Now that we can use BinaryTree::new to create a root node, we can think about how to insert child nodes. Intuitively, it would be great if we could insert the left or right child node by calling methods on the root node instance. Like this:

BinaryTree::new(1)
  .left(BinaryTree::new(2))
  .right(BinaryTree::new(3))

Luckily, I found a great article from my friend at trivago, Matthias, explaining exactly how to implement it.

impl<T> BinaryTree<T> {
    pub fn new(value: T) -> Self {
        BinaryTree {
            value,
            left: None,
            right: None,
        }
    }

    pub fn left(mut self, node: BinaryTree<T>) -> Self {
        self.left = Some(Box::new(node));
        self
    }

    pub fn right(mut self, node: BinaryTree<T>) -> Self {
        self.right = Some(Box::new(node));
        self
    }
}

Now let's write some tests to make sure the associated functions work:

#[cfg(test)]
mod tests {
    use super::*;

    #[test]
    fn create_new_tree() {
        let tree = BinaryTree::new(1);

        assert_eq!(tree.value, 1);
    }

    #[test]
    fn insert_left() {
        let tree = BinaryTree::new(1).left(BinaryTree::new(2));

        if let Some(node) = tree.left {
            assert_eq!(node.value, 2);
        }

        assert_eq!(tree.right, None);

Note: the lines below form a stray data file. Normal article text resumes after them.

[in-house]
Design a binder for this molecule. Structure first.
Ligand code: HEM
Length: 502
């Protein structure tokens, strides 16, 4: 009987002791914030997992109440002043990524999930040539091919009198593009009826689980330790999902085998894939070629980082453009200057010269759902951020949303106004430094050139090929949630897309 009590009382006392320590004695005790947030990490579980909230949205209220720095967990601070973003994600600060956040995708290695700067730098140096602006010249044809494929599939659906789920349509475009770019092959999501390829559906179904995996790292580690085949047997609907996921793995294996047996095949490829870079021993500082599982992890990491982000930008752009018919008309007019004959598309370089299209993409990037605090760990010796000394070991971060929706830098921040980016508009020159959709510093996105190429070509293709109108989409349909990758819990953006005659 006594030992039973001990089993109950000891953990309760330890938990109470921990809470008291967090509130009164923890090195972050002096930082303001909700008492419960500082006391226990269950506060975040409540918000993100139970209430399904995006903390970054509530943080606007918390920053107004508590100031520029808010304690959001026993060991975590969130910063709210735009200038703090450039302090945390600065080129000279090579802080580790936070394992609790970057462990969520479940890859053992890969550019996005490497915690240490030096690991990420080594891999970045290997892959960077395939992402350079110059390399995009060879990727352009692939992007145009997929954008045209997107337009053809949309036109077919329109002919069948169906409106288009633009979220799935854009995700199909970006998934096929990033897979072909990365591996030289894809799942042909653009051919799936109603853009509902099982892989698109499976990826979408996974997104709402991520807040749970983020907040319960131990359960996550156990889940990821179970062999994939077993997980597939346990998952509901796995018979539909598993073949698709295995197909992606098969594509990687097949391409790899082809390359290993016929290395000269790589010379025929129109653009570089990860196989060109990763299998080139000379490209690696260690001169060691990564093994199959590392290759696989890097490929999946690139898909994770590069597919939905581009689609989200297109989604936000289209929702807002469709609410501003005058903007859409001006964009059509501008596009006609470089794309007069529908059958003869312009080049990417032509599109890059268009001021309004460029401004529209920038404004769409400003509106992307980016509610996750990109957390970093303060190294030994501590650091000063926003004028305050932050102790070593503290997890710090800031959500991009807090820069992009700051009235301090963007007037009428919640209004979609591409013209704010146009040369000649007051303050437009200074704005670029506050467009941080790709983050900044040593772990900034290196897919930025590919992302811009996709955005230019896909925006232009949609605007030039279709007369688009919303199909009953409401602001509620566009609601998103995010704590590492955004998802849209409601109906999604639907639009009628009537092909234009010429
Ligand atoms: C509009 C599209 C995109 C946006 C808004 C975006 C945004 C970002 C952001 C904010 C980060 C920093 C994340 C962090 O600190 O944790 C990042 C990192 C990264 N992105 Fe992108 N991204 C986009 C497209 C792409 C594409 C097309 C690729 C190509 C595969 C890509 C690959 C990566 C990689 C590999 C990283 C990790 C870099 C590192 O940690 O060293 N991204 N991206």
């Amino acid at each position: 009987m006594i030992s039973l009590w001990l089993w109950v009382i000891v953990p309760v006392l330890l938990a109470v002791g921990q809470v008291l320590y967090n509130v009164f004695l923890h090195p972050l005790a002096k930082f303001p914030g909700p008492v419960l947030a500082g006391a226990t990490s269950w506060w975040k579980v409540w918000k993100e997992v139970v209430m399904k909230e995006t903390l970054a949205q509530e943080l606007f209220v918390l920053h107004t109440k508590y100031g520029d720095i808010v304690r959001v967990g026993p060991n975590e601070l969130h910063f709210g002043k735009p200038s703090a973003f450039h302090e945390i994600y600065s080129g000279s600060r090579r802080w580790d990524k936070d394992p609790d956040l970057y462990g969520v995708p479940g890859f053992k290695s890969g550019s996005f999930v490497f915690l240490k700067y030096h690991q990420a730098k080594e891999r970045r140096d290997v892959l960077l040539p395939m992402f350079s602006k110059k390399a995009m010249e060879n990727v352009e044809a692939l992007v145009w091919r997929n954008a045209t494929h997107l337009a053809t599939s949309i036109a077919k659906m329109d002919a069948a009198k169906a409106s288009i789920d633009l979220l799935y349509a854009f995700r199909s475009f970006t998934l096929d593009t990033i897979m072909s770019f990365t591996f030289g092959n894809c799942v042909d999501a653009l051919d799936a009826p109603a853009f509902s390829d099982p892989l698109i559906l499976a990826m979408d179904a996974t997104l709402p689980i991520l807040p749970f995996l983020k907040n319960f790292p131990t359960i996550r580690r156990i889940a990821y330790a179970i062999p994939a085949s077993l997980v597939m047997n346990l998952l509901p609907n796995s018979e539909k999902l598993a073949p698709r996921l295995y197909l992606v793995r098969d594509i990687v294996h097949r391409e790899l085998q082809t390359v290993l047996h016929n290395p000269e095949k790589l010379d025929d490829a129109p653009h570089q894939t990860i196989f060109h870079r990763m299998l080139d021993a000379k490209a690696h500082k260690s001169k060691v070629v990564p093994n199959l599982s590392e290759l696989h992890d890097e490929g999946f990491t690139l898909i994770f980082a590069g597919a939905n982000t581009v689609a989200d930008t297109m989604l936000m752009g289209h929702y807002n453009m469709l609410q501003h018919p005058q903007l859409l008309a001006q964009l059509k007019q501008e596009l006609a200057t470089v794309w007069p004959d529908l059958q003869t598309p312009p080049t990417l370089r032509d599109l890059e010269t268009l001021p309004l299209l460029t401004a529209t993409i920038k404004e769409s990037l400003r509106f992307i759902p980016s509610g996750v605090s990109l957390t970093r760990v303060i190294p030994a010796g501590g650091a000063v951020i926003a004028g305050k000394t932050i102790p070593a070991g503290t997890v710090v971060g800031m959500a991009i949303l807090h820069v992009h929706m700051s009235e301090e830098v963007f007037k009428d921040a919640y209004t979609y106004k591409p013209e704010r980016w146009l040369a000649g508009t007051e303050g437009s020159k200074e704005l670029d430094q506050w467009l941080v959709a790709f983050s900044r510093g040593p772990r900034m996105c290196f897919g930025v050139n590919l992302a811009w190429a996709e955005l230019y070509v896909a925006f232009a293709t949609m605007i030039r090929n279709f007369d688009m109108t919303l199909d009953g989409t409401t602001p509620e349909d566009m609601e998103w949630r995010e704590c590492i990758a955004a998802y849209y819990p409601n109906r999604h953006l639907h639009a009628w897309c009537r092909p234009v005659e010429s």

}

    #[test]
    fn insert_right() {
        let tree = BinaryTree::new(1).right(BinaryTree::new(2));

        if let Some(node) = tree.right {
            assert_eq!(node.value, 2);
        }

        assert_eq!(tree.left, None);
    }
}

🥳

Breadth-First Insertion

The insertion methods are very flexible, and we can easily create a tree in just a few lines:

BinaryTree::new(1)
    .left(
        BinaryTree::new(2)
            .left(BinaryTree::new(4))
            .right(BinaryTree::new(5))
    )
    .right(BinaryTree::new(3))

The code creates a Binary Tree like this:

image
It got me thinking.

If I just want to create a balanced Binary Tree without any other requirements, can I insert a node and the tree finds the next available spot for me?

Something like this:

let mut root = BinaryTree::new(1);
root.insert(2);
root.insert(3);
root.insert(4);
root.insert(5);

And it creates the same tree structure as we saw above.

We can achieve it by traversing the tree in the breadth-first fashion and inserting a node as soon as we find an absent child node.

The easiest way to implement a breath-first traversal is with a Queue. Rust has a VecDequeue in the standard library we can use.

pub fn insert(&mut self, new_value: T) {
    let mut queue: VecDeque<&mut BinaryTree<T>> = VecDeque::new();
    queue.push_front(self);

    loop {
        let BinaryTree {
            ref mut left,
            ref mut right,
            ..
        } = queue.pop_back().unwrap();

        match left {
            Some(node) => {
                queue.push_front(node);
            }
            None => {
                *left = Some(Box::new(BinaryTree::new(new_value)));